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  1. #1

    Need design advice for interlocking parts

    New to the board and to 3D printing, and looking for advice on finalizing the design, and choosing the material and printing technology. I have designed a pair of interlocking plugs in Sketchup to lock the ends of two boards at 90 degrees. See photo - shows two separate plugs, but I changed the design to make the two into a single plug, as shown in the Sketchup model. The two boards are extrusions made from Resysta, a manufactured material used for, amongst other things, siding on a building. The two interlocking parts "plug" into the ends of the extruded boards and lock them together. See second photo. I need 20 sets of these plugs. The installation is outdoors in Chicago. I can create .stl files from Sketchup and upload to a 3D printing site, but I'm not sure if I need to allow space around the "tenons" for clearance? Will the parts that fit into the other parts need to be a smidgen smaller? I do want a "friction-fit" not a loose fit.I thought of specifying TPU for flexibility, but the colors are very limited - the boards are brown, so I want the plugs to be a similar color. Would a different material be better?Any advice would be appreciated. Happy to share the Sketchup file, too if that would help.Cheers,Allan
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    Last edited by akirson; 10-25-2022 at 03:39 PM.

  2. #2
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    It's typical to provide for as much as 0.2 mm difference between joining parts, to ensure that once printed, there will be sufficient clearance for assembly. For a tighter fit, change the clearance to 0.15, although going as far as 0.10 is risky. If you are using an online printing service, they may specify the acceptable clearance in the fine print.

    SketchUp is known for creating non-3D-printable models. Consider to upload the STL file to an STL file checker to see if you were able to avoid the usual pitfalls.

    How much flexibility do you require? PETG has a decent amount, and nylon is astonishingly strong and flexible.

  3. #3
    Thanks, much, Fred.
    Quote Originally Posted by fred_dot_u View Post
    How much flexibility do you require? PETG has a decent amount, and nylon is astonishingly strong and flexible.
    Just enough compression to push the tenons into the wood extrusions - I don't want to split the wood by forcing them in. Given that the tolerances of the wood extrusions are probably not that tight, maybe I should allow a bit more than 0.2mm?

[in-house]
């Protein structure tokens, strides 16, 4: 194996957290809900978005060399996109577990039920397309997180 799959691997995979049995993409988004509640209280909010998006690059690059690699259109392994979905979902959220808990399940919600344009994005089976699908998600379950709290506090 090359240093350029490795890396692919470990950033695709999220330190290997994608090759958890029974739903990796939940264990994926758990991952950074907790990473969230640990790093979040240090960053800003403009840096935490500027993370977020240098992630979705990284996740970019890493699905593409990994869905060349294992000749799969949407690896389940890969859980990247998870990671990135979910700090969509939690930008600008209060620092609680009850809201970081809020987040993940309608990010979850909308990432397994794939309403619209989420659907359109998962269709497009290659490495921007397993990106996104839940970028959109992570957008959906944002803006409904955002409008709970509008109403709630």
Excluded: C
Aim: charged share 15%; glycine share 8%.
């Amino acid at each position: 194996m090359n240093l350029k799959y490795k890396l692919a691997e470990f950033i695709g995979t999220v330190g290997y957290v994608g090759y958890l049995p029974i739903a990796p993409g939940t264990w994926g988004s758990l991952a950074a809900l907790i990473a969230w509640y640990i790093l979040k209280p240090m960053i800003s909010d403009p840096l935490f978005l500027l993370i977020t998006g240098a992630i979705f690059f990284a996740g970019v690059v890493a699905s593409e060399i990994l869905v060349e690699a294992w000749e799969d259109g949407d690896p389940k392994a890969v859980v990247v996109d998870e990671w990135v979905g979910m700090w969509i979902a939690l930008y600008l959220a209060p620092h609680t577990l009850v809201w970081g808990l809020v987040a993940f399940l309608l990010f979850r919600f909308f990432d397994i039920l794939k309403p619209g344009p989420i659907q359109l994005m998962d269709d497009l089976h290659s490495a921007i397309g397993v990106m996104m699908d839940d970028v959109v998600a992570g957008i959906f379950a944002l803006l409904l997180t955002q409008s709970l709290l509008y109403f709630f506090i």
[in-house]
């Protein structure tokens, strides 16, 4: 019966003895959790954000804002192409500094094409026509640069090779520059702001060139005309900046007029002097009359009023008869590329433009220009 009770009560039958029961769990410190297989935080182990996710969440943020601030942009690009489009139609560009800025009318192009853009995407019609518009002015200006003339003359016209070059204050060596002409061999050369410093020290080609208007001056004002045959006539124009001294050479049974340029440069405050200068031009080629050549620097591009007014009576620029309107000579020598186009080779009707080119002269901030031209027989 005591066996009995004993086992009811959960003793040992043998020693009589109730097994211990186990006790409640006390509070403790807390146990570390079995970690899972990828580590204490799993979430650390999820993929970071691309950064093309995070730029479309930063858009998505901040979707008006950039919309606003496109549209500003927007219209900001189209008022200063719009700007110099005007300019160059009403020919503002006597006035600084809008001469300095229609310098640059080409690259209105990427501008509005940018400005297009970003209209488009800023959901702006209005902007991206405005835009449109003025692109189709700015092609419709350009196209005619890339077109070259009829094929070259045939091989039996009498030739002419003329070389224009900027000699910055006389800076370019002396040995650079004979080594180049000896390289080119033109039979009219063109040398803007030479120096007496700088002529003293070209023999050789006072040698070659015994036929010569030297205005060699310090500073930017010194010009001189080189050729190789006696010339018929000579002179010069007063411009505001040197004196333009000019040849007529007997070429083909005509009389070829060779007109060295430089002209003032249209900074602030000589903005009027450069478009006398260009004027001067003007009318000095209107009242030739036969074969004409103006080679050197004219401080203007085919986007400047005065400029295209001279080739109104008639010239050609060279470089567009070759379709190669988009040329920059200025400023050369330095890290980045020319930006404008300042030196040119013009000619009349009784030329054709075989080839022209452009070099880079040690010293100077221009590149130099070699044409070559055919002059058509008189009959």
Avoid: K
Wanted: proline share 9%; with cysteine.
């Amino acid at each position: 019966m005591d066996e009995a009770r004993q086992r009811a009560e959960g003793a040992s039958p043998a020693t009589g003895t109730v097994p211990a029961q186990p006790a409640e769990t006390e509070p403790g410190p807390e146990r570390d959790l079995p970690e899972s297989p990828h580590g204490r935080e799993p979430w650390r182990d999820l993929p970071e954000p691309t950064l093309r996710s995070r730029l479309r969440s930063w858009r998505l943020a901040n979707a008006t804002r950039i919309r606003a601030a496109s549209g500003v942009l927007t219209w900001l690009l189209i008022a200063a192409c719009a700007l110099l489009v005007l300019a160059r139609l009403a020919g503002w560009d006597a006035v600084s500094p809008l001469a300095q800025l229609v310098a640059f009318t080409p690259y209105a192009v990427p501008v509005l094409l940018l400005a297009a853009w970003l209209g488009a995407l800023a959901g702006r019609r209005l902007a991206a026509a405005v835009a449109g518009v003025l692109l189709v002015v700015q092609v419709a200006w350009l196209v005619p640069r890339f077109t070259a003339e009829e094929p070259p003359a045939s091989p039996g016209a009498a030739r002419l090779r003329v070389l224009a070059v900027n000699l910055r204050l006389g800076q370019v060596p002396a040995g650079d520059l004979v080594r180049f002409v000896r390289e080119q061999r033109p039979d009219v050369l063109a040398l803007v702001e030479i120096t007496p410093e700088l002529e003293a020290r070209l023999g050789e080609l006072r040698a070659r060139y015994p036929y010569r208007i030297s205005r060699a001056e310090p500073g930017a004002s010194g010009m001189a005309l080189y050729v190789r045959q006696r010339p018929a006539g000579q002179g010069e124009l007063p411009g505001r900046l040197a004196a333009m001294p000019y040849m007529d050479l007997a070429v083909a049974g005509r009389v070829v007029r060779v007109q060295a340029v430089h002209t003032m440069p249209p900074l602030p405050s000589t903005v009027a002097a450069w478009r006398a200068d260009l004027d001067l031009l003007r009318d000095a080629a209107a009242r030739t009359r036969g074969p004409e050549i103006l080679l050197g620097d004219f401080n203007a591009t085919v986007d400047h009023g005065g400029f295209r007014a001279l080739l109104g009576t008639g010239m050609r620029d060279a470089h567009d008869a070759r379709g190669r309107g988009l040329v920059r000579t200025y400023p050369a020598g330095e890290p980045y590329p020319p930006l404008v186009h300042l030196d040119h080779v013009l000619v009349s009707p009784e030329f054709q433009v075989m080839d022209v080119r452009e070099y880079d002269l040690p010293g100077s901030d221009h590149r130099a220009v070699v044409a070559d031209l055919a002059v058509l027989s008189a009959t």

4. #4
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    Another way to approach the joining as described is to design in what is known as a compliant structure. Depending on the overall structure, a set of fins that will bend slightly backwards as you push in the part will also secure the joint without breaking.

    One suggestion I have is to consider a re-make of the part via the rather simple but appropriate program known as Tinkercad. It's on a par with SketchUp, perhaps a bit easier to learn. Well, no, quite a bit easier to learn. The results would be nearly certain to be printable as well. An additional benefit is that you can turn on object sharing to make a design transfer all that much easier.

    I'm more of a fan of OpenSCAD, but if you aren't comfortable with writing code, it's not going to make things easier.

  5. #5
    I have an AutoCad login, so TinkerCAD is available to me. I just imported the .stl files from a Sketchup export. Worked fine. The idea of fins is a good one - how thick should they be so that the material will bend?

  6. #6
    Staff Engineer
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    There are other, more easily implemented options in the compliant structure world than fins, and more important, easier to print!

    Will the tenons be glued in place?

  7. #7
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    Also, I've been checking on appropriate filament types and find that there are not many options in the high-strength world. Another missing puzzle piece: what dimensions apply to this part?

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